Russia stronger in Tajikistan
Two agreements were concluded during the visit the Russian president, Vladimir Putin, made to Tajikistan on 4–5 October: one extending the term for the stationing of the Russian 201st military base in Tajikistan until 2042 and the other determining the rules of Russian aid in combating drugs. Four memoranda were also signed: on military co-operation, energy co-operation, migration co-operation and on supplies of petroleum products to Tajikistan. However, the parties failed to reach a compromise regarding the return of Russian border troops to the Tajik-Afghan border or on Russia’s support for the construction of the Rogun hydroelectric power plant, a key project for Tajikistan.
The agreements setting the rules for the stationing of the 201st Russian military base must be seen as success for the Russian negotiators (the agreement in force so far, which was concluded in 1993, was set to expire at the end of next year). Moscow has thus guaranteed itself a long-term military presence in Tajikistan on very favourable terms. The document, according to Russian reports, does not provide for any rent, and the soldiers serving in this base will have partial immunity (similar to the status of embassy technical staff). In return, Russia undertook in one of the memoranda to participate in the modernisation of the Tajik army and to train local officers. It is worth adding that since 2004 Russia has owned a space surveillance complex in Nurak, in south-western Tajikistan.
The agreement on assistance in combating drugs, under which aid at approximately US$5 million is to be offered to Tajikistan, and the remaining memoranda are beneficial primarily to Tajikistan. Russia is to introduce facilitations for example for Tajik expatriate workers by granting them three-year work permits (the estimated number of expatriate workers is over one million; in 2011, they sent approximately US$3 billion in remittances to Tajikistan, an equivalent of almost half of the country’s GDP). Furthermore, export duties imposed on petroleum products sold from Russia to Tajikistan are to be partially lifted. This is expected to result in a reduction of the high fuel prices. In turn, the memorandum on energy co-operation, which envisages that Russia will participate in the construction of several small and medium hydroelectric power plants on Tajikistan’s internal waters, is imprecise and contains no binding undertakings.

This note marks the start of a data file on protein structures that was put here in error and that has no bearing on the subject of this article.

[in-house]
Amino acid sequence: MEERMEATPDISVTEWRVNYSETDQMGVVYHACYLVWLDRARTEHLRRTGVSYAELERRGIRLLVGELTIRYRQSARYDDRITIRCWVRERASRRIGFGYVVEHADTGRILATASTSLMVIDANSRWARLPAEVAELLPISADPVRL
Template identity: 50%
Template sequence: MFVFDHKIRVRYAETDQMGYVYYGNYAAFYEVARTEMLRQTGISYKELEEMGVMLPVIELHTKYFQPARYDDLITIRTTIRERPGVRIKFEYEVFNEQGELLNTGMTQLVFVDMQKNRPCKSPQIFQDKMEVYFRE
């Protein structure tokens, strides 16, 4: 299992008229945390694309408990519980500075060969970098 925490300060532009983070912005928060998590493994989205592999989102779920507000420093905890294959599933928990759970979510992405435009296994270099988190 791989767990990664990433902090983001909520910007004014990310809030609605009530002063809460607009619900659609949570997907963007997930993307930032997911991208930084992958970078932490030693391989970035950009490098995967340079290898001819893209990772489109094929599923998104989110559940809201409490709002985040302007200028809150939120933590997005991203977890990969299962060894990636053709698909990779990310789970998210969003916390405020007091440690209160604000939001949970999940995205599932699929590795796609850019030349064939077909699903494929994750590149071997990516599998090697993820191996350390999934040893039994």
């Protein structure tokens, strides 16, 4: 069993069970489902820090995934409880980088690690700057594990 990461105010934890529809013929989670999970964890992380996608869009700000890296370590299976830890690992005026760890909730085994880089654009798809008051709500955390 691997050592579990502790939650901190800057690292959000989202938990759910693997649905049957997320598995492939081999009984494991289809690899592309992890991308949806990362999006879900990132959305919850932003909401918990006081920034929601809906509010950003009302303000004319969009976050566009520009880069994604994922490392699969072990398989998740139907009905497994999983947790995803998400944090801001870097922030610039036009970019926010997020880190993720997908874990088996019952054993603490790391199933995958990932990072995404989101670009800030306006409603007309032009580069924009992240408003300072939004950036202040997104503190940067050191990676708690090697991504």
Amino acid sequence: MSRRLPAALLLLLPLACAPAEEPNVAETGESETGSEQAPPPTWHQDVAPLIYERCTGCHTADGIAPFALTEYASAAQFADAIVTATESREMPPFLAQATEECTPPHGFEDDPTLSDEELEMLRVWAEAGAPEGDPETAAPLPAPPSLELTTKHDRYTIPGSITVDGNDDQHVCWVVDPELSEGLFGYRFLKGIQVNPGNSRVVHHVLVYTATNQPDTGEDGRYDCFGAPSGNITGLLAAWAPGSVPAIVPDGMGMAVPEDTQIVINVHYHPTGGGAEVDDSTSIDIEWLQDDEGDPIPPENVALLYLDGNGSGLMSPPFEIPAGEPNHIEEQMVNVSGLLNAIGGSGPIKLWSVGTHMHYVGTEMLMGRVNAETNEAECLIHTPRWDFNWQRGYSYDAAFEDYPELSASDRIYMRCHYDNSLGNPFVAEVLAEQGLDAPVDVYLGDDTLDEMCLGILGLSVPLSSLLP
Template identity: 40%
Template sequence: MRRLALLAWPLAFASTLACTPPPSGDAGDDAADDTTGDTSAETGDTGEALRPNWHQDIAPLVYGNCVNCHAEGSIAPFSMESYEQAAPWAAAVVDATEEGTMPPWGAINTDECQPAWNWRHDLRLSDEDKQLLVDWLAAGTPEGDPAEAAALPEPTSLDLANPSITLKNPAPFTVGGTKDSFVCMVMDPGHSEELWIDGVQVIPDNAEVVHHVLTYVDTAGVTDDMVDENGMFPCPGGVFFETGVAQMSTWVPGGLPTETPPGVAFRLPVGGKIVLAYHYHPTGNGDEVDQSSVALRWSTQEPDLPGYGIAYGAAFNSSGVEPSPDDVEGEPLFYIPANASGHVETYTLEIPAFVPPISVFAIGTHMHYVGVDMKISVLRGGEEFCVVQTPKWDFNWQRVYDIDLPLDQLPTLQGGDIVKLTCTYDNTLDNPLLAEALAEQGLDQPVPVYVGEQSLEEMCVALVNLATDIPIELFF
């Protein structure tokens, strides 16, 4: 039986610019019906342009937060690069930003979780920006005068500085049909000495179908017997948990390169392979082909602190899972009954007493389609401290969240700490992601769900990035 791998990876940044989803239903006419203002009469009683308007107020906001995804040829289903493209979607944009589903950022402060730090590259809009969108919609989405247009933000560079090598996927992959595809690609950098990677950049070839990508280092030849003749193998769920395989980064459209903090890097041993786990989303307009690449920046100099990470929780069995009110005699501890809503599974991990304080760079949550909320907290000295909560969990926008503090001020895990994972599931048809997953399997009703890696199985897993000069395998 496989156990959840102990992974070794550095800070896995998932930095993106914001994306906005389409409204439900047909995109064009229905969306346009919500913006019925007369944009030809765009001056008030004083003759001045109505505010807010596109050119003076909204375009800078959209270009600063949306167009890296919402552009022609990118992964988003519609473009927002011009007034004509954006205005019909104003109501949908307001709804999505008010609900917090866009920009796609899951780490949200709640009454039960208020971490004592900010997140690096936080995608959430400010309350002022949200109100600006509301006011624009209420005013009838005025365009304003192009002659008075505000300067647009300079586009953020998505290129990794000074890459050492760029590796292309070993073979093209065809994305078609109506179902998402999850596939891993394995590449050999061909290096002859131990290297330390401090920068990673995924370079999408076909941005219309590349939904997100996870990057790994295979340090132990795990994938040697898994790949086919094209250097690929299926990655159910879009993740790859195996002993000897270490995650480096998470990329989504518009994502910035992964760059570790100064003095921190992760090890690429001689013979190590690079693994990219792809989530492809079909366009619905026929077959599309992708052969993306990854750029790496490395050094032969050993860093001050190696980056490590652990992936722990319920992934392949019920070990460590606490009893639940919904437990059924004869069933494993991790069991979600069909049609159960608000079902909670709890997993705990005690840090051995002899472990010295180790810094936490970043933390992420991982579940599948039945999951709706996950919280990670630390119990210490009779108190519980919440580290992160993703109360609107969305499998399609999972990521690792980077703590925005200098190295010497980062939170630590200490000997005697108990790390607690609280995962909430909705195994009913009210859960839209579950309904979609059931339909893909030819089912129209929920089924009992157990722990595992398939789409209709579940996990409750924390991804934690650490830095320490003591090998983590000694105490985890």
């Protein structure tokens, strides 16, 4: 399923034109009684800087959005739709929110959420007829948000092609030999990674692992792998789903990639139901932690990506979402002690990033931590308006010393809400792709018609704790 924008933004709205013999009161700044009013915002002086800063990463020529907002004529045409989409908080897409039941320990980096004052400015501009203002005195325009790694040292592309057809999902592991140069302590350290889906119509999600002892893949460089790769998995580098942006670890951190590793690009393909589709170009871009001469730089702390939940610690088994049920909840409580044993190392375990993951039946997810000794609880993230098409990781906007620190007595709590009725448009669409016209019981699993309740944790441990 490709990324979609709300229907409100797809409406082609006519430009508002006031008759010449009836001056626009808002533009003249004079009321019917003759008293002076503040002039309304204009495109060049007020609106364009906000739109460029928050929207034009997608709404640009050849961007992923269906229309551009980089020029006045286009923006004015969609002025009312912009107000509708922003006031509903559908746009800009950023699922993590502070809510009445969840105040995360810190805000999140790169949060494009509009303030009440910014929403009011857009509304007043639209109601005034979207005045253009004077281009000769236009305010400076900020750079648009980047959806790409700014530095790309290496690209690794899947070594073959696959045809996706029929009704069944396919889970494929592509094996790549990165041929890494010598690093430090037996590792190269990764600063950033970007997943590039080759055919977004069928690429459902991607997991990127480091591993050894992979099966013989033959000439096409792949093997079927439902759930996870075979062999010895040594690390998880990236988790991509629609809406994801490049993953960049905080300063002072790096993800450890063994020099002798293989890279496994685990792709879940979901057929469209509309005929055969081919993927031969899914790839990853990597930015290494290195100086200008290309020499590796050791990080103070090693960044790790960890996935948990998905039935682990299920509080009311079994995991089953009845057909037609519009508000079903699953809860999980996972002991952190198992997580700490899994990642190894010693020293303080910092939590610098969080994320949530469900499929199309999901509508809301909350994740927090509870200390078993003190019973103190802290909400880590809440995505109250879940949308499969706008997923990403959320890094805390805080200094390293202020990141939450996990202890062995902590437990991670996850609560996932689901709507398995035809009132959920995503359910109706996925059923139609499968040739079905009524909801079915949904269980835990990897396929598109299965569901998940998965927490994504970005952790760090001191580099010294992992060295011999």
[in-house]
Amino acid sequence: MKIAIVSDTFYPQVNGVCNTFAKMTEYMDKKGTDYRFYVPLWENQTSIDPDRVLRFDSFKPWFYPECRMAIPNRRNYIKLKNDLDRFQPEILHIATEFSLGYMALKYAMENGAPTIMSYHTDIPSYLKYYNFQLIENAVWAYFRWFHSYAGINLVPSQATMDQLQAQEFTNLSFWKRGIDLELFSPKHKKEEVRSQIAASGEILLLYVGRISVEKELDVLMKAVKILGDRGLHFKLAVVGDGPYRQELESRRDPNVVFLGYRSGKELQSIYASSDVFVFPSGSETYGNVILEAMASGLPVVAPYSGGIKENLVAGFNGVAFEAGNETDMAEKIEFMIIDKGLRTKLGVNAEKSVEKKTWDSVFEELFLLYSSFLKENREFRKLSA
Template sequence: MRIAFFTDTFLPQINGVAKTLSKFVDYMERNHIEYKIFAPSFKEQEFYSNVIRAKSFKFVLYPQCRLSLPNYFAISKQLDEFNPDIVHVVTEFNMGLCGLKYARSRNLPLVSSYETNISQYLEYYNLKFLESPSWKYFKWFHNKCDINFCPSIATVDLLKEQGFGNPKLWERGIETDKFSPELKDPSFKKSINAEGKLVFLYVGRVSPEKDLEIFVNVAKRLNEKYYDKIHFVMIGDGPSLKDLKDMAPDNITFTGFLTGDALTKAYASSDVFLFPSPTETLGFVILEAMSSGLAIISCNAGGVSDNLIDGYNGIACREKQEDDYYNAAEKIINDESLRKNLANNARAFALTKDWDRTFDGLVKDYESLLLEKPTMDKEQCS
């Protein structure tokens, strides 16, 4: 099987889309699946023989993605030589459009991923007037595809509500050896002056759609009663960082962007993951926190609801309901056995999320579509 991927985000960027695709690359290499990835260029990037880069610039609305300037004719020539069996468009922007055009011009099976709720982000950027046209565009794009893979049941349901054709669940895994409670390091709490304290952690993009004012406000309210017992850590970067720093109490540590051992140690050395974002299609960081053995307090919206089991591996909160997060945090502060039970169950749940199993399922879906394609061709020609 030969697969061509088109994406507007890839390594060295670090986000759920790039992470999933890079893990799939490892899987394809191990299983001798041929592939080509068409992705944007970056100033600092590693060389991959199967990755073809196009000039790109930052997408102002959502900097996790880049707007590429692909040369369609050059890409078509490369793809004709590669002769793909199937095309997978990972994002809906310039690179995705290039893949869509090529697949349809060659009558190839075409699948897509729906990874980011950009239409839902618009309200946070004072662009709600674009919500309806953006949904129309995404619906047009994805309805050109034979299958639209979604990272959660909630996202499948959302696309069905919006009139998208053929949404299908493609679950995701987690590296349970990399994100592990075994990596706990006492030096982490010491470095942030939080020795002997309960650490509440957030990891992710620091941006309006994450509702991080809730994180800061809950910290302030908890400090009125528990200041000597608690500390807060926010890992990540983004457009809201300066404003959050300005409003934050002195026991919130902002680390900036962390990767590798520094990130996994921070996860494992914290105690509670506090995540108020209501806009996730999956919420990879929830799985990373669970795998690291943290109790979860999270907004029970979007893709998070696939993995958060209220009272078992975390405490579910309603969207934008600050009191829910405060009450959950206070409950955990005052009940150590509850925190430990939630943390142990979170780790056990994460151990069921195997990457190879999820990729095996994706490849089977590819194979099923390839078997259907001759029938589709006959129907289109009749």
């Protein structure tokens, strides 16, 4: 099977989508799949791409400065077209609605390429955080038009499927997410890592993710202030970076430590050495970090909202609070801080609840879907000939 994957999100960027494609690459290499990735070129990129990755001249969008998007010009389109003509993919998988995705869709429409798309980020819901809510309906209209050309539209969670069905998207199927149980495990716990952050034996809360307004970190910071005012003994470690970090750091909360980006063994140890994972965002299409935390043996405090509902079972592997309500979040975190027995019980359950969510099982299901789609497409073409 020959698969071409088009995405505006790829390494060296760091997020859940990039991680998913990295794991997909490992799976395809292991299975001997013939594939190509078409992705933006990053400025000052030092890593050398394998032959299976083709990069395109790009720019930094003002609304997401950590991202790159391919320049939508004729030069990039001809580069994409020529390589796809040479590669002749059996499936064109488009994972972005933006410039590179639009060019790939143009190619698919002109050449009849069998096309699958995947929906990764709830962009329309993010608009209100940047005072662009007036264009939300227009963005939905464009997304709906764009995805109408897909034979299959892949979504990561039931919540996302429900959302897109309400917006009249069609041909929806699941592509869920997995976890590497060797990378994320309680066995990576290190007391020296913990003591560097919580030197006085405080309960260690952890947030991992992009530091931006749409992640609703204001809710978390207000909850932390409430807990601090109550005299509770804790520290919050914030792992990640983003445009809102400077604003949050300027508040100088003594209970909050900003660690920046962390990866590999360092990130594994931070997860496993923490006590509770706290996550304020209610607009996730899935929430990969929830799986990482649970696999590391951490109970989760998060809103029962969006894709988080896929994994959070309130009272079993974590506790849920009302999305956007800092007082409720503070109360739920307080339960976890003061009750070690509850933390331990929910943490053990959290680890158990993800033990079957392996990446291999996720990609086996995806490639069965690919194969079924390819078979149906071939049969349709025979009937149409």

The issues on which no compromise has been achieved, and which are essential for both parties, are: Russia’s resumption of the protection of Tajikistan’s borders (which is important for Moscow also in the context of the planned US withdrawal from Afghanistan in 2014), and Russian support for the construction of the Rogun water power plant, which Dushanbe is seeking (Uzbekistan is opposed to this). These issues were not addressed in the official statements. They are likely to be the subject of further negotiations.
Vladimir Putin’s visit and the documents adopted fit in with the Russian diplomatic offensive across Central Asia, which has been observed over the past few months (for example, a package of Kyrgyz-Russian agreements was signed in Bishkek on 20 September). This offensive is aimed on the one hand at applying pressure on Uzbekistan – which had been distancing itself from Moscow and had shown ambitions of becoming the regional leader – and on the other hand at Moscow gradually regaining the influence it has lost to China and to some extent to the USA (the latter of which is also activating its policy in this region).